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Amid Climate Change, Cricket is the Most Vulnerable Sport

By: Ray Zhao

It’s blisteringly hot in a cricket stadium. The cricket players on the field are moving about slowly and lazily. A haze of pollution hangs over the stadium. It’s over 110 degrees, yet the players, in their long-sleeved and trousers, and ice packs, are playing on. One spectator has fainted due to heat, two. Three now.

A few years ago, this would have been a science fiction story out of a person’s imagination, but a few months ago, it happened in real life. In the face of climate change, the second most popular sport in the world is facing an uphill battle to maintain its popularity. In a 2018 climate report by The Climate Coalition and the Priestley International Centre for Climate, researchers found that of all the major outdoor sports, “cricket will be hardest hit by climate change.” The years that have passed since the study have only proven it right.

Cricket players face immense danger when they play in high temperatures. In June, when the West Indies team played matches in Multan, Pakistan, the temperature reached a blistering 111 degrees Fahrenheit. Akeal Hosein, a member of the West Indies team, recently said that playing cricket “felt like you were opening an oven.”

In New Delhi, the South African team also had to endure taxing conditions when it faced India in 110-degree weather. The heat was so bad that even some spectators fainted, and an entire section of the stadium was transformed into a cooling zone for spectators.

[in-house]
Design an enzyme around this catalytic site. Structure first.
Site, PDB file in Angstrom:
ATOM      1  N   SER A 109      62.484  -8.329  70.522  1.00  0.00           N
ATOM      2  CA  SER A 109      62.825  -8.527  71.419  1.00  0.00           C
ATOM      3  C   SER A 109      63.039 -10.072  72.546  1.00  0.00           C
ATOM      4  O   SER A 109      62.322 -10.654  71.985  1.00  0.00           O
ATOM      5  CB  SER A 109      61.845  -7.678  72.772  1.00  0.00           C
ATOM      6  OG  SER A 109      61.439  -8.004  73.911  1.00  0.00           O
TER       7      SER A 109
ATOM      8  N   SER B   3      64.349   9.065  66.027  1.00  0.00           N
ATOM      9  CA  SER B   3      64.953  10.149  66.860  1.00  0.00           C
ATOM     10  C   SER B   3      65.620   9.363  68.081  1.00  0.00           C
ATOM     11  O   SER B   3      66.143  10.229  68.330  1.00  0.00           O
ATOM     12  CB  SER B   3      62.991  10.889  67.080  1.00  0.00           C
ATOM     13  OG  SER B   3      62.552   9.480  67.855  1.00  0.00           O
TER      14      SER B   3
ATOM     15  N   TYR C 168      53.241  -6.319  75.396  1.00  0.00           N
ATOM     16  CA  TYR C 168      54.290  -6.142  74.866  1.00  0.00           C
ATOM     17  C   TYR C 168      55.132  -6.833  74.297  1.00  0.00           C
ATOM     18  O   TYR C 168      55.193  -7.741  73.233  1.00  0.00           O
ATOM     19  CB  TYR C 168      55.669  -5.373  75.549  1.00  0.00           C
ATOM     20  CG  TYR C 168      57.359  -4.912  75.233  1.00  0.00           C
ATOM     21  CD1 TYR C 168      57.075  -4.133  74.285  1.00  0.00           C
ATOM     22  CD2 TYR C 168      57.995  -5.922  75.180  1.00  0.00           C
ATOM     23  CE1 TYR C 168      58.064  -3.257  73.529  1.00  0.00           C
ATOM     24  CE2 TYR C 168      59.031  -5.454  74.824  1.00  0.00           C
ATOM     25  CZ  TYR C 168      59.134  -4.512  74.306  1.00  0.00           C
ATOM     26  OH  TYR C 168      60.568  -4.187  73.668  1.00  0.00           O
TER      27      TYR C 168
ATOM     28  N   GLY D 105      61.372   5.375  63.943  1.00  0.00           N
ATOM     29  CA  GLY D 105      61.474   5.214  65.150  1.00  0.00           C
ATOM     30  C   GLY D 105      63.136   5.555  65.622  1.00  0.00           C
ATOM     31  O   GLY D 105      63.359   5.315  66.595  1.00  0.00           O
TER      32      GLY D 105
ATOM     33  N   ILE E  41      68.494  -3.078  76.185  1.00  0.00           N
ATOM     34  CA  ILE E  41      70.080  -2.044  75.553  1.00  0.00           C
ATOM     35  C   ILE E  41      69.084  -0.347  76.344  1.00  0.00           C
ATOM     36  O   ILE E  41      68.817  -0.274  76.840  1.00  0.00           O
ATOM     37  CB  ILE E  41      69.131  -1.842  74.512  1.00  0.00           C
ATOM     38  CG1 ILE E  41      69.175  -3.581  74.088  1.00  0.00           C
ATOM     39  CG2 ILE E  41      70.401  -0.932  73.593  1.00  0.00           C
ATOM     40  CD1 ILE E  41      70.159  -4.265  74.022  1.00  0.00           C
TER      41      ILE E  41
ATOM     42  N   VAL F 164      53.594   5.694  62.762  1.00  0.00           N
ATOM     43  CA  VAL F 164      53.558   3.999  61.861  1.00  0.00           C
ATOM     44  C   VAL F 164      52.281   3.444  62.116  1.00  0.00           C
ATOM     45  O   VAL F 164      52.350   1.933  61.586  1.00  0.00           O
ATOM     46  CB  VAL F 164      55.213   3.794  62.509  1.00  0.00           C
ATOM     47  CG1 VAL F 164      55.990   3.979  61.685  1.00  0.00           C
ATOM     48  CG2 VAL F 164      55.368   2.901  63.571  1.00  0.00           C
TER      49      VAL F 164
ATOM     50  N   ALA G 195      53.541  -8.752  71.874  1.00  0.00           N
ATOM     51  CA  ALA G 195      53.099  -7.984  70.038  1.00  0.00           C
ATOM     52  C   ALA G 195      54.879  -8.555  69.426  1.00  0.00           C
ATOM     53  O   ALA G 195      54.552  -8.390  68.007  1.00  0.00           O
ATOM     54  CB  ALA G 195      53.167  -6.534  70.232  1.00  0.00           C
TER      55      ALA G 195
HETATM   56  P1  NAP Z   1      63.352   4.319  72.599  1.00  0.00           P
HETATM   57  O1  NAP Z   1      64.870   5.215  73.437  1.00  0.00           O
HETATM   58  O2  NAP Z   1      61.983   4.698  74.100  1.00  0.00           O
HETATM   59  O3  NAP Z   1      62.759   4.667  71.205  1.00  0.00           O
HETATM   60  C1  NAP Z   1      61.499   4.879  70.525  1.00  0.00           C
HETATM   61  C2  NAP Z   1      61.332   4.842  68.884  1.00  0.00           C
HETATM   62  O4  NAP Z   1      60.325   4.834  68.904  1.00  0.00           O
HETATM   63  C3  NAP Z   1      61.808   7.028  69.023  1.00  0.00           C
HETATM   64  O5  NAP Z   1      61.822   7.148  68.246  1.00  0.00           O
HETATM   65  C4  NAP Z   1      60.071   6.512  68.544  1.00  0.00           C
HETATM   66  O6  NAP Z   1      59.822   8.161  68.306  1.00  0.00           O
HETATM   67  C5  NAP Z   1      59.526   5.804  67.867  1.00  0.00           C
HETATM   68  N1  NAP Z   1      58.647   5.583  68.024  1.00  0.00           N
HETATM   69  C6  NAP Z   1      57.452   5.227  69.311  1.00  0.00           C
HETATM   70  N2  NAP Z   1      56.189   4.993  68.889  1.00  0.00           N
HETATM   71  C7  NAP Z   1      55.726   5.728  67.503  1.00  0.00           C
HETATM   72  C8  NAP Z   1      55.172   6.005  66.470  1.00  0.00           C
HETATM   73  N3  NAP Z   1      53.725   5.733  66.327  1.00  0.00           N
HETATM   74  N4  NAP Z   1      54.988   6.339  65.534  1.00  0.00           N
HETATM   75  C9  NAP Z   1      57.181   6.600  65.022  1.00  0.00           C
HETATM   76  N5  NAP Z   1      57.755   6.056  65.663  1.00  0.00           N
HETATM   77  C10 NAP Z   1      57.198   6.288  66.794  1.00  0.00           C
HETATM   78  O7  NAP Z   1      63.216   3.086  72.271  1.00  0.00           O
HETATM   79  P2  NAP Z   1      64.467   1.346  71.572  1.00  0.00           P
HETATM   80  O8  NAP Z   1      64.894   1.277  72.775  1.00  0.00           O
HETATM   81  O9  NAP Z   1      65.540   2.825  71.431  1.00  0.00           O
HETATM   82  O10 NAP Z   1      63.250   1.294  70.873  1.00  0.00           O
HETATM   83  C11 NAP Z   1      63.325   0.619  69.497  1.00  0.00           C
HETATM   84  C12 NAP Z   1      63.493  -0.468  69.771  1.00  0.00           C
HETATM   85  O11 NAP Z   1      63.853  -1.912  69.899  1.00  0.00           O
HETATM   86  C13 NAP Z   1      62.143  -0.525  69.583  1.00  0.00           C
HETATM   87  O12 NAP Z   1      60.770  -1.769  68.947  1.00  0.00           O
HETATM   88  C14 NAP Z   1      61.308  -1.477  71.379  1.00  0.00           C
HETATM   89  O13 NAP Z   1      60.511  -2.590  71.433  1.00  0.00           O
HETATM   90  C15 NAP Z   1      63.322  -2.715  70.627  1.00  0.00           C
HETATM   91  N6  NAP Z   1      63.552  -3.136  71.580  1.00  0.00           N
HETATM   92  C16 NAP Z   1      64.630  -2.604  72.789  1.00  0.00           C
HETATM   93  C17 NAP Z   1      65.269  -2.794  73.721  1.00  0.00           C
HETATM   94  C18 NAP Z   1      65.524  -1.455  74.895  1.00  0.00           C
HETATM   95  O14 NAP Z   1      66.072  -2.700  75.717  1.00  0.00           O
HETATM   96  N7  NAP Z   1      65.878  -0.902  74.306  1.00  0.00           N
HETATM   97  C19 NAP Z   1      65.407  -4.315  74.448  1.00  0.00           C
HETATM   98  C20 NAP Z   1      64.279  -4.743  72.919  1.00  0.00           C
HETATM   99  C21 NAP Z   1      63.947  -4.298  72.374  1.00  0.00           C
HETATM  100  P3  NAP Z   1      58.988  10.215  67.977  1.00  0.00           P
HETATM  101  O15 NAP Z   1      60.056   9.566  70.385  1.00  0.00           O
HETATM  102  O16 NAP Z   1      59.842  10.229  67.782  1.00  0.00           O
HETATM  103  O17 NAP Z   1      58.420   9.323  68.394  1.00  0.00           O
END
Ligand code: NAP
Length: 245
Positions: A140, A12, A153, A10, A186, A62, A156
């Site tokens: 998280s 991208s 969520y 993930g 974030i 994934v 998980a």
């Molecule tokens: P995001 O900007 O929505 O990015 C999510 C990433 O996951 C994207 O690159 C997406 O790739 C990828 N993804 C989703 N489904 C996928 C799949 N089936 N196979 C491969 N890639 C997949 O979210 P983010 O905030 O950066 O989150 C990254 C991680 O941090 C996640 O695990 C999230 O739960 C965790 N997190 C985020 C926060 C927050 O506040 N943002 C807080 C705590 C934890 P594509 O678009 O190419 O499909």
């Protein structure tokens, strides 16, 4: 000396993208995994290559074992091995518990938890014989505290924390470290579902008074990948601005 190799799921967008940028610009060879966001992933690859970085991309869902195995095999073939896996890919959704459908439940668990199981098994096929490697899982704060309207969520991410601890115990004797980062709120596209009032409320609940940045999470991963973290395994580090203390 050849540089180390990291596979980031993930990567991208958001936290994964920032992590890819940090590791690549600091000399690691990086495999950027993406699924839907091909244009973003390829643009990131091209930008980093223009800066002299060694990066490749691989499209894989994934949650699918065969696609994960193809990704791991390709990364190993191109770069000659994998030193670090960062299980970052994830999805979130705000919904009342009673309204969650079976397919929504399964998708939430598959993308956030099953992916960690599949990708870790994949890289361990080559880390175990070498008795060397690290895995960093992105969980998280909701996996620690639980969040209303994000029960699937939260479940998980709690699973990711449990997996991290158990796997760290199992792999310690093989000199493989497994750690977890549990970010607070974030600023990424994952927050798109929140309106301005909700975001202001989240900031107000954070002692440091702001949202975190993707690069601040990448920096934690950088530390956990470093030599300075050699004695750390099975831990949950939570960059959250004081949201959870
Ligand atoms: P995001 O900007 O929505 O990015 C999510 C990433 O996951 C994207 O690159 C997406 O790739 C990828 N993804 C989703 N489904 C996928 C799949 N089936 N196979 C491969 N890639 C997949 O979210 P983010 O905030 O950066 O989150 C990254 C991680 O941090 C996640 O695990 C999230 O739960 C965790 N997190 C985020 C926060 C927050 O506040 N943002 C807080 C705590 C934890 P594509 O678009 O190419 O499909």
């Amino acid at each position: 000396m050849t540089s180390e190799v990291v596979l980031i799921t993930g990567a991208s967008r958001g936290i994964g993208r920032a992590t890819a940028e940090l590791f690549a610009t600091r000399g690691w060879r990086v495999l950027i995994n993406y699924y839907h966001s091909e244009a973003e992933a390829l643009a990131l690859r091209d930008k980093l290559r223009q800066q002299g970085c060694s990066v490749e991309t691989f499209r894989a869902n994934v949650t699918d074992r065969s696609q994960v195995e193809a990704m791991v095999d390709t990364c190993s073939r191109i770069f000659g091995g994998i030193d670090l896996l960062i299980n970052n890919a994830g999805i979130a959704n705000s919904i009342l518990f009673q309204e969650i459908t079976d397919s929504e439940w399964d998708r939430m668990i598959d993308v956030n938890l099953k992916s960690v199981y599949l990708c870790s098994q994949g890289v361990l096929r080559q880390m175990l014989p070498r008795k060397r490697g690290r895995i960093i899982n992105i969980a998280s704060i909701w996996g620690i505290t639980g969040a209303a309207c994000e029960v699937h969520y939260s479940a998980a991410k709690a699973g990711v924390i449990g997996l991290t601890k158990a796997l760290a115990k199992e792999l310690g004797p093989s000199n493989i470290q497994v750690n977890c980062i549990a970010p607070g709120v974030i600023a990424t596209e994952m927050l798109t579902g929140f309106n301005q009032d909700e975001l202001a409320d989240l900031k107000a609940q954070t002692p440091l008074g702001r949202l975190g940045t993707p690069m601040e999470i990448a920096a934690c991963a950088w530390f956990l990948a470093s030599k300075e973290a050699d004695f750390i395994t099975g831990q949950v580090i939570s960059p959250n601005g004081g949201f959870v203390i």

Players are already facing health issues as the heat persists. A few years ago, eight players and two members of the coaching and support staff of the South African team were hospitalized in Chennai by what officials said were the combined effects of food poisoning and heat exhaustion. In 2018, English captain Joe Root was hospitalized with health issues such as severe dehydration and heat stress. At one point, a heat-index tracker registered 135.7 Fahrenheit on the field, which is hotter than Death Valley.

Of course, measures are being taken to protect the well-being of cricket players. For South Africa’s recent tour, inflatable tubs, electrolyte capsules, slushies of ice and magnesium, ice towels for the shoulders, face, and back, and ventilated uniforms were just some of the items utilized to mitigate the effects of the heat.

However, these protective measures are not enough. Athletes are “competing in environments that are becoming too hostile to human physiology,” Russell Seymour wrote last year in a climate report regarding cricket. “Our love and appetite for sport risks straying into brutality.”

Seymour, along with many others, believes that to halt cricket’s demise, officials must take action to stop climate change. The sport is already trying to do its part. Cricket stadiums and grounds are now carbon neutral. Cricket of the Indian Premier League wore green uniforms for some matches to heighten environmental awareness.

Yet this is not enough, as climate change must be addressed by everyone. As a spokesman for the West Indies team put it, “In the U.S., people are flying on private jets while they’re asking us not to use plastic straws.”

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